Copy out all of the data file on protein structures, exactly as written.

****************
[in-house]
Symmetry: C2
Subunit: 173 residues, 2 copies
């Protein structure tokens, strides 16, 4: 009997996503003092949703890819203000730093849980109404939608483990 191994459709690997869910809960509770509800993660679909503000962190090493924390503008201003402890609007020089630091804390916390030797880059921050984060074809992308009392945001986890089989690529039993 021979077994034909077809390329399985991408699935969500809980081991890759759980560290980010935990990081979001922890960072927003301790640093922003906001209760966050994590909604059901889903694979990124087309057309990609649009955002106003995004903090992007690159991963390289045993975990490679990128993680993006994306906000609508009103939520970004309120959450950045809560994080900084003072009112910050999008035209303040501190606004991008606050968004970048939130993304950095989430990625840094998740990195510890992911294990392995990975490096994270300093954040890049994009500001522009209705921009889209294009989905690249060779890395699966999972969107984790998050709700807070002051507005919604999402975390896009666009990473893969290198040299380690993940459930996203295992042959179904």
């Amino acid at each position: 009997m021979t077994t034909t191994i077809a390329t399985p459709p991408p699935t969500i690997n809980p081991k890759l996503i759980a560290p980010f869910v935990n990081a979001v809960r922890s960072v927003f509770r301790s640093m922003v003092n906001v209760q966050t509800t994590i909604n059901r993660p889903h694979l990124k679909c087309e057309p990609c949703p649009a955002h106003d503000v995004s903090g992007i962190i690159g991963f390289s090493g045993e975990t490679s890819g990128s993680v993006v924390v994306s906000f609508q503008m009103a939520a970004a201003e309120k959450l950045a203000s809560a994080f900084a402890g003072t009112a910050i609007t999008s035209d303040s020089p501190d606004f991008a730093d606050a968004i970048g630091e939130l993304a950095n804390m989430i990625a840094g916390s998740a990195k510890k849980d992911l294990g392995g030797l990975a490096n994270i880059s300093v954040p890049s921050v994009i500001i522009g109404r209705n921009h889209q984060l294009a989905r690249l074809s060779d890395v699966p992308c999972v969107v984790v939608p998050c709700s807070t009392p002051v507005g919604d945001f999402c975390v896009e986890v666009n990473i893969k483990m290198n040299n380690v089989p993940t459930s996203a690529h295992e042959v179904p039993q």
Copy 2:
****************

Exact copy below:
[in-house]
Symmetry: C2
Subunit: 173 residues, 2 copies
């Protein structure tokens, strides 16, 4: 009997996503003092949703890819203000730093849980109404939608483990 191994459709690997869910809960509770509800993660679909503000962190090493924390503008201003402890609007020089630091804390916390030797880059921050984060074809992308009392945001986890089989690529039993 021979077994034909077809390329399985991408699935969500809980081991890759759980560290980010935990990081979001922890960072927003301790640093922003906001209760966050994590909604059901889903694979990124087309057309990609649009955002106003995004903090992007690159991963390289045993975990490679990128993680993006994306906000609508009103939520970004309120959450950045809560994080900084003072009112910050999008035209303040501190606004991008606050968004970048939130993304950095989430990625840094998740990195510890992911294990392995990975490096994270300093954040890049994009500001522009209705921009889209294009989905690249060779890395699966999972969107984790998050709700807070002051507005919604999402975390896009666009990473893969290198040299380690993940459930996203295992042959179904």
């Amino acid at each position: 009997m021979t077994t034909t191994i077809a390329t399985p459709p991408p699935t969500i690997n809980p081991k890759l996503i759980a560290p980010f869910v935990n990081a979001v809960r922890s960072v927003f509770r301790s640093m922003v003092n906001v209760q966050t509800t994590i909604n059901r993660p889903h694979l990124k679909c087309e057309p990609c949703p649009a955002h106003d503000v995004s903090g992007i962190i690159g991963f390289s090493g045993e975990t490679s890819g990128s993680v993006v924390v994306s906000f609508q503008m009103a939520a970004a201003e309120k959450l950045a203000s809560a994080f900084a402890g003072t009112a910050i609007t999008s035209d303040s020089p501190d606004f991008a730093d606050a968004i970048g630091e939130l993304a950095n804390m989430i990625a840094g916390s998740a990195k510890k849980d992911l294990g392995g030797l990975a490096n994270i880059s300093v954040p890049s921050v994009i500001i522009g109404r209705n921009h889209q984060l294009a989905r690249l074809s060779d890395v699966p992308c999972v969107v984790v939608p998050c709700s807070t009392p002051v507005g919604d945001f999402c975390v896009e986890v666009n990473i893969k483990m290198n040299n380690v089989p993940t459930s996203a690529h295992e042959v179904p039993q």
Copy 2: